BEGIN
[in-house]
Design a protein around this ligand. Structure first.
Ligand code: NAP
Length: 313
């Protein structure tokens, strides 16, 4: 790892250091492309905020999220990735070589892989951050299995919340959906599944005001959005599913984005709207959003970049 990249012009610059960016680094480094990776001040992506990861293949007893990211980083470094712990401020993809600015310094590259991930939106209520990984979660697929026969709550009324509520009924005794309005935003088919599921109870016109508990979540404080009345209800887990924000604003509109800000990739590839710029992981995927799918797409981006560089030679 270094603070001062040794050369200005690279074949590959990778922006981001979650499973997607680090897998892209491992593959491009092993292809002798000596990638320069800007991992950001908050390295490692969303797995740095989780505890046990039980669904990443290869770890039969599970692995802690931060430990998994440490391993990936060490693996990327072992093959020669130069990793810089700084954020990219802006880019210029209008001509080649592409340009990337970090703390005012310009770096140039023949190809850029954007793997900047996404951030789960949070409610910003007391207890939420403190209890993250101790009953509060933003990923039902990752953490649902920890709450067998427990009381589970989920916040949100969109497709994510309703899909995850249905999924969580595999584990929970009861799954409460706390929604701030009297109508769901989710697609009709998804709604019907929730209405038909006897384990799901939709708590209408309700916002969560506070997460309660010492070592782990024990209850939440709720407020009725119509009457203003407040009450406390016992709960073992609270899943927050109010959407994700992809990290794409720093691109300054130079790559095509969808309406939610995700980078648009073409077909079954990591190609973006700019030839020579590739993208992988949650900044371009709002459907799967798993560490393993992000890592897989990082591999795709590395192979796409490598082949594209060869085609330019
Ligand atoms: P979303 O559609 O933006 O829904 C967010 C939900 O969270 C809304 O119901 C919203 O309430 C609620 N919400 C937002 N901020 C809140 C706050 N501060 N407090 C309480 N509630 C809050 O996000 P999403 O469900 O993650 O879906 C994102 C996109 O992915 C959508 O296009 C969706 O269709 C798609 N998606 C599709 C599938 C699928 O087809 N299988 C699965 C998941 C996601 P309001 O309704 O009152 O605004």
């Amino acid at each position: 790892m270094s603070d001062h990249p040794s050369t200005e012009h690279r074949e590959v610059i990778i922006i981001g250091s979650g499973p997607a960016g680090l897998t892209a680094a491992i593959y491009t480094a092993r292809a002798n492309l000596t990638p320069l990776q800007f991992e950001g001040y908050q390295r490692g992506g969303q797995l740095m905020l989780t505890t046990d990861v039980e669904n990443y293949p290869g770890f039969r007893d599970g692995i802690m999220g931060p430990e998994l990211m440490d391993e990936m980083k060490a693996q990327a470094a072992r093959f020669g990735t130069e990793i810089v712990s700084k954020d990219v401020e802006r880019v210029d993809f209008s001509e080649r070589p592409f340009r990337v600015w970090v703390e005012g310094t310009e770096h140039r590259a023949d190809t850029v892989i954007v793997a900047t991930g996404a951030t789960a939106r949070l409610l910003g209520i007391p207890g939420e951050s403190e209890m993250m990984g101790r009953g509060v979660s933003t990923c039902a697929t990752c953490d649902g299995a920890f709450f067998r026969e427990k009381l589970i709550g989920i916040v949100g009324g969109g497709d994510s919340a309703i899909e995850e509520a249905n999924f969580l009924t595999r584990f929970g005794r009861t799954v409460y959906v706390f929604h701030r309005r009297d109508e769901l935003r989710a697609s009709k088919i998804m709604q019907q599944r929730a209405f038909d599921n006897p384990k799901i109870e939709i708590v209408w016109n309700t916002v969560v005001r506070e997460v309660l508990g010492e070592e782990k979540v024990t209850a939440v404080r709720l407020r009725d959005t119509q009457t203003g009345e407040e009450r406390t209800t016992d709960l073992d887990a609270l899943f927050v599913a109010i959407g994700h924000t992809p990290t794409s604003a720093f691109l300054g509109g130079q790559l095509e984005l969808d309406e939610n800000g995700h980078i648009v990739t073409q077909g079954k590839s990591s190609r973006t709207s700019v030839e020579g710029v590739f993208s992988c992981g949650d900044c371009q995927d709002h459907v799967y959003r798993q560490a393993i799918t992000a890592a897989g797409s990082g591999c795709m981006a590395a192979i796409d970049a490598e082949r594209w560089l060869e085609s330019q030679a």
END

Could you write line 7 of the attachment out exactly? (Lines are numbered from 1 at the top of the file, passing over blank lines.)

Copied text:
């Amino acid at each position: 790892m270094s603070d001062h990249p040794s050369t200005e012009h690279r074949e590959v610059i990778i922006i981001g250091s979650g499973p997607a960016g680090l897998t892209a680094a491992i593959y491009t480094a092993r292809a002798n492309l000596t990638p320069l990776q800007f991992e950001g001040y908050q390295r490692g992506g969303q797995l740095m905020l989780t505890t046990d990861v039980e669904n990443y293949p290869g770890f039969r007893d599970g692995i802690m999220g931060p430990e998994l990211m440490d391993e990936m980083k060490a693996q990327a470094a072992r093959f020669g990735t130069e990793i810089v712990s700084k954020d990219v401020e802006r880019v210029d993809f209008s001509e080649r070589p592409f340009r990337v600015w970090v703390e005012g310094t310009e770096h140039r590259a023949d190809t850029v892989i954007v793997a900047t991930g996404a951030t789960a939106r949070l409610l910003g209520i007391p207890g939420e951050s403190e209890m993250m990984g101790r009953g509060v979660s933003t990923c039902a697929t990752c953490d649902g299995a920890f709450f067998r026969e427990k009381l589970i709550g989920i916040v949100g009324g969109g497709d994510s919340a309703i899909e995850e509520a249905n999924f969580l009924t595999r584990f929970g005794r009861t799954v409460y959906v706390f929604h701030r309005r009297d109508e769901l935003r989710a697609s009709k088919i998804m709604q019907q599944r929730a209405f038909d599921n006897p384990k799901i109870e939709i708590v209408w016109n309700t916002v969560v005001r506070e997460v309660l508990g010492e070592e782990k979540v024990t209850a939440v404080r709720l407020r009725d959005t119509q009457t203003g009345e407040e009450r406390t209800t016992d709960l073992d887990a609270l899943f927050v599913a109010i959407g994700h924000t992809p990290t794409s604003a720093f691109l300054g509109g130079q790559l095509e984005l969808d309406e939610n800000g995700h980078i648009v990739t073409q077909g079954k590839s990591s190609r973006t709207s700019v030839e020579g710029v590739f993208s992988c992981g949650d900044c371009q995927d709002h459907v799967y959003r798993q560490a393993i799918t992000a890592a897989g797409s990082g591999c795709m981006a590395a192979i796409d970049a490598e082949r594209w560089l060869e085609s330019q030679a």